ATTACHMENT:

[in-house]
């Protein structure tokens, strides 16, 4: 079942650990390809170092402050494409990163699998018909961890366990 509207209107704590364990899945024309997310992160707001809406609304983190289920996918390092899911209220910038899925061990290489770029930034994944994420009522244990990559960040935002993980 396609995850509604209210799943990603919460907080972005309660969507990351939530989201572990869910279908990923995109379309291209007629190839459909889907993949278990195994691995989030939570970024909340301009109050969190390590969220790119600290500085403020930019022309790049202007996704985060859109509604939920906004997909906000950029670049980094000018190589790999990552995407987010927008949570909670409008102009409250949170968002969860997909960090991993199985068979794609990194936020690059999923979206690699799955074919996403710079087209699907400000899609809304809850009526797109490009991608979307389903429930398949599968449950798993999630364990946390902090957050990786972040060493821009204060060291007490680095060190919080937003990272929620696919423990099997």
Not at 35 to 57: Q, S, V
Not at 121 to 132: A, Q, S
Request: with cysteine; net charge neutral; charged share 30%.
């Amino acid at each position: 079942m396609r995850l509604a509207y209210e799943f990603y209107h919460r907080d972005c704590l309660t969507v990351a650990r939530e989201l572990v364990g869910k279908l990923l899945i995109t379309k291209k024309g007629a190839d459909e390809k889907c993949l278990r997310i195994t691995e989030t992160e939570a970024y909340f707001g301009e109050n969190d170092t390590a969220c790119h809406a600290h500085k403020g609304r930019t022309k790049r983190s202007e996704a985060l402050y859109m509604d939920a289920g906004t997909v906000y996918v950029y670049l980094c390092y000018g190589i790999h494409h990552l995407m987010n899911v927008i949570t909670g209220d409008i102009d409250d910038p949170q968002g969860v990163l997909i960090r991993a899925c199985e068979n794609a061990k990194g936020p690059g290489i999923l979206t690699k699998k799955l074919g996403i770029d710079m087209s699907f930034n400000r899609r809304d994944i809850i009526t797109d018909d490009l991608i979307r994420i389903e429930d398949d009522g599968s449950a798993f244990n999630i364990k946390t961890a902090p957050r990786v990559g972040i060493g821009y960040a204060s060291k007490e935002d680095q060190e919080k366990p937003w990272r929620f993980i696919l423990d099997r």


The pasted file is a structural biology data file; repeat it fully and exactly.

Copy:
[in-house]
């Protein structure tokens, strides 16, 4: 079942650990390809170092402050494409990163699998018909961890366990 509207209107704590364990899945024309997310992160707001809406609304983190289920996918390092899911209220910038899925061990290489770029930034994944994420009522244990990559960040935002993980 396609995850509604209210799943990603919460907080972005309660969507990351939530989201572990869910279908990923995109379309291209007629190839459909889907993949278990195994691995989030939570970024909340301009109050969190390590969220790119600290500085403020930019022309790049202007996704985060859109509604939920906004997909906000950029670049980094000018190589790999990552995407987010927008949570909670409008102009409250949170968002969860997909960090991993199985068979794609990194936020690059999923979206690699799955074919996403710079087209699907400000899609809304809850009526797109490009991608979307389903429930398949599968449950798993999630364990946390902090957050990786972040060493821009204060060291007490680095060190919080937003990272929620696919423990099997």
Not at 35 to 57: Q, S, V
Not at 121 to 132: A, Q, S
Request: with cysteine; net charge neutral; charged share 30%.
């Amino acid at each position: 079942m396609r995850l509604a509207y209210e799943f990603y209107h919460r907080d972005c704590l309660t969507v990351a650990r939530e989201l572990v364990g869910k279908l990923l899945i995109t379309k291209k024309g007629a190839d459909e390809k889907c993949l278990r997310i195994t691995e989030t992160e939570a970024y909340f707001g301009e109050n969190d170092t390590a969220c790119h809406a600290h500085k403020g609304r930019t022309k790049r983190s202007e996704a985060l402050y859109m509604d939920a289920g906004t997909v906000y996918v950029y670049l980094c390092y000018g190589i790999h494409h990552l995407m987010n899911v927008i949570t909670g209220d409008i102009d409250d910038p949170q968002g969860v990163l997909i960090r991993a899925c199985e068979n794609a061990k990194g936020p690059g290489i999923l979206t690699k699998k799955l074919g996403i770029d710079m087209s699907f930034n400000r899609r809304d994944i809850i009526t797109d018909d490009l991608i979307r994420i389903e429930d398949d009522g599968s449950a798993f244990n999630i364990k946390t961890a902090p957050r990786v990559g972040i060493g821009y960040a204060s060291k007490e935002d680095q060190e919080k366990p937003w990272r929620f993980i696919l423990d099997r």